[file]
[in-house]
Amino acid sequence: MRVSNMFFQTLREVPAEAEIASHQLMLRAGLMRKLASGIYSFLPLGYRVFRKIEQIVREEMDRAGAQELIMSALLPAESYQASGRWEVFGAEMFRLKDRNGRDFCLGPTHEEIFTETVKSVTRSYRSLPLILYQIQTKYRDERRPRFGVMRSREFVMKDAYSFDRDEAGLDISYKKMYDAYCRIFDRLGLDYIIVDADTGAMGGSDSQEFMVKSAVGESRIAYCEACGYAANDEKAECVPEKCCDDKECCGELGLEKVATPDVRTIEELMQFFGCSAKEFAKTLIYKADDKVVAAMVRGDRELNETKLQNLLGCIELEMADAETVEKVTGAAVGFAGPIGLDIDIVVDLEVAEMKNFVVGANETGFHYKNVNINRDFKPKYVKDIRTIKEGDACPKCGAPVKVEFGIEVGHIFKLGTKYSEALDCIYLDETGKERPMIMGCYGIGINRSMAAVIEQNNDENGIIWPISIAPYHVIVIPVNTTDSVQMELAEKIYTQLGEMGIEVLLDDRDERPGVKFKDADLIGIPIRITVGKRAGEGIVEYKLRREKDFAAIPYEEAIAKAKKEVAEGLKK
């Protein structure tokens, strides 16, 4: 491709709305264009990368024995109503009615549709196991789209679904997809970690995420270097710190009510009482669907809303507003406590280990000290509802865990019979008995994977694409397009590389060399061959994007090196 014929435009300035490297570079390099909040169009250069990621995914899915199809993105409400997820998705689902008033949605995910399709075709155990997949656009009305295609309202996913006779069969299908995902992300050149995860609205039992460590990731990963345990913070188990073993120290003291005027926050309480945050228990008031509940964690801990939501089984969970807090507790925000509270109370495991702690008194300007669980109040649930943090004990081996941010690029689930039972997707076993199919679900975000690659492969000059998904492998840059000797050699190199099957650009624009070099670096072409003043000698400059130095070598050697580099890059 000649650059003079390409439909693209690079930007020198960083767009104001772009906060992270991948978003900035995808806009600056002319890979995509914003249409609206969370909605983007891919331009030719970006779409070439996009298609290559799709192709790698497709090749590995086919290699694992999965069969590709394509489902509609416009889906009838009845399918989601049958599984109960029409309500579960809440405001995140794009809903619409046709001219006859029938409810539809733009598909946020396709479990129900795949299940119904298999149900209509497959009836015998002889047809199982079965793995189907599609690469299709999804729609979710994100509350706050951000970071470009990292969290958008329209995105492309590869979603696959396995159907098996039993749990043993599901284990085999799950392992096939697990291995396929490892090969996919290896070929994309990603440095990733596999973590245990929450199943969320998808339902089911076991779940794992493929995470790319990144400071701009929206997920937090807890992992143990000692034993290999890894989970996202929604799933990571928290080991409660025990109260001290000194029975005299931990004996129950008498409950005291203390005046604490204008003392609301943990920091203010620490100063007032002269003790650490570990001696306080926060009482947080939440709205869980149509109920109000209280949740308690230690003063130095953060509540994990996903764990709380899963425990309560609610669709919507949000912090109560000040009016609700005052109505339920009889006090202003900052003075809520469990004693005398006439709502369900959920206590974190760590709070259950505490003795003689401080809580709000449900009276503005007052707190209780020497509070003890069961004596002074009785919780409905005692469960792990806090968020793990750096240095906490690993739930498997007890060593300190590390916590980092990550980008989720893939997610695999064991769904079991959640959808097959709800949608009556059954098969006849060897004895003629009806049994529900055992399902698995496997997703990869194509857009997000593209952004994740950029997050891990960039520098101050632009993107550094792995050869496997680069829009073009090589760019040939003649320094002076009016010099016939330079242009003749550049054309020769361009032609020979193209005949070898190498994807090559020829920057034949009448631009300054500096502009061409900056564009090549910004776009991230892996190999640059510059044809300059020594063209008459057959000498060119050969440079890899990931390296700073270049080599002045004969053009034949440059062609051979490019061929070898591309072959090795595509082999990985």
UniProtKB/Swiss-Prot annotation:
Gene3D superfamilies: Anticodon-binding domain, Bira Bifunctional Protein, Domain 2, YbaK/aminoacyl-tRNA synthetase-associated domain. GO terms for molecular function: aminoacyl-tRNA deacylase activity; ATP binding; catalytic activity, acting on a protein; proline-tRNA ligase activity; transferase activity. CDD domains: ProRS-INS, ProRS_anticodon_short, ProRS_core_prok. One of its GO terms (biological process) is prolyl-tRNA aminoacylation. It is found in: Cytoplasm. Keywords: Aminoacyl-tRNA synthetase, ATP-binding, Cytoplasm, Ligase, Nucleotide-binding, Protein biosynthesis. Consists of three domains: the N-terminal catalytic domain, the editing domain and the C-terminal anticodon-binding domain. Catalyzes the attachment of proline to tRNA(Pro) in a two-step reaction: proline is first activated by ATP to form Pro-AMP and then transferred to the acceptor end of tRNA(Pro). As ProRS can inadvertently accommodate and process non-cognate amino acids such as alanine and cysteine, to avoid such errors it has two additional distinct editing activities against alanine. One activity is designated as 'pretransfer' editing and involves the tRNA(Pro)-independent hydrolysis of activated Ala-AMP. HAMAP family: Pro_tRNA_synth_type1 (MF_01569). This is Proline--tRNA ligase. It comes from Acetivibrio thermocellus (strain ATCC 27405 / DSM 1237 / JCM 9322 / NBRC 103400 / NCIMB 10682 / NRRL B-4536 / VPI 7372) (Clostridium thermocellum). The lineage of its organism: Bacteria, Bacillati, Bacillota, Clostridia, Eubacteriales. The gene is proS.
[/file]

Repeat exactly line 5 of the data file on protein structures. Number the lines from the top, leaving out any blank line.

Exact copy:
Gene3D superfamilies: Anticodon-binding domain, Bira Bifunctional Protein, Domain 2, YbaK/aminoacyl-tRNA synthetase-associated domain. GO terms for molecular function: aminoacyl-tRNA deacylase activity; ATP binding; catalytic activity, acting on a protein; proline-tRNA ligase activity; transferase activity. CDD domains: ProRS-INS, ProRS_anticodon_short, ProRS_core_prok. One of its GO terms (biological process) is prolyl-tRNA aminoacylation. It is found in: Cytoplasm. Keywords: Aminoacyl-tRNA synthetase, ATP-binding, Cytoplasm, Ligase, Nucleotide-binding, Protein biosynthesis. Consists of three domains: the N-terminal catalytic domain, the editing domain and the C-terminal anticodon-binding domain. Catalyzes the attachment of proline to tRNA(Pro) in a two-step reaction: proline is first activated by ATP to form Pro-AMP and then transferred to the acceptor end of tRNA(Pro). As ProRS can inadvertently accommodate and process non-cognate amino acids such as alanine and cysteine, to avoid such errors it has two additional distinct editing activities against alanine. One activity is designated as 'pretransfer' editing and involves the tRNA(Pro)-independent hydrolysis of activated Ala-AMP. HAMAP family: Pro_tRNA_synth_type1 (MF_01569). This is Proline--tRNA ligase. It comes from Acetivibrio thermocellus (strain ATCC 27405 / DSM 1237 / JCM 9322 / NBRC 103400 / NCIMB 10682 / NRRL B-4536 / VPI 7372) (Clostridium thermocellum). The lineage of its organism: Bacteria, Bacillati, Bacillota, Clostridia, Eubacteriales. The gene is proS.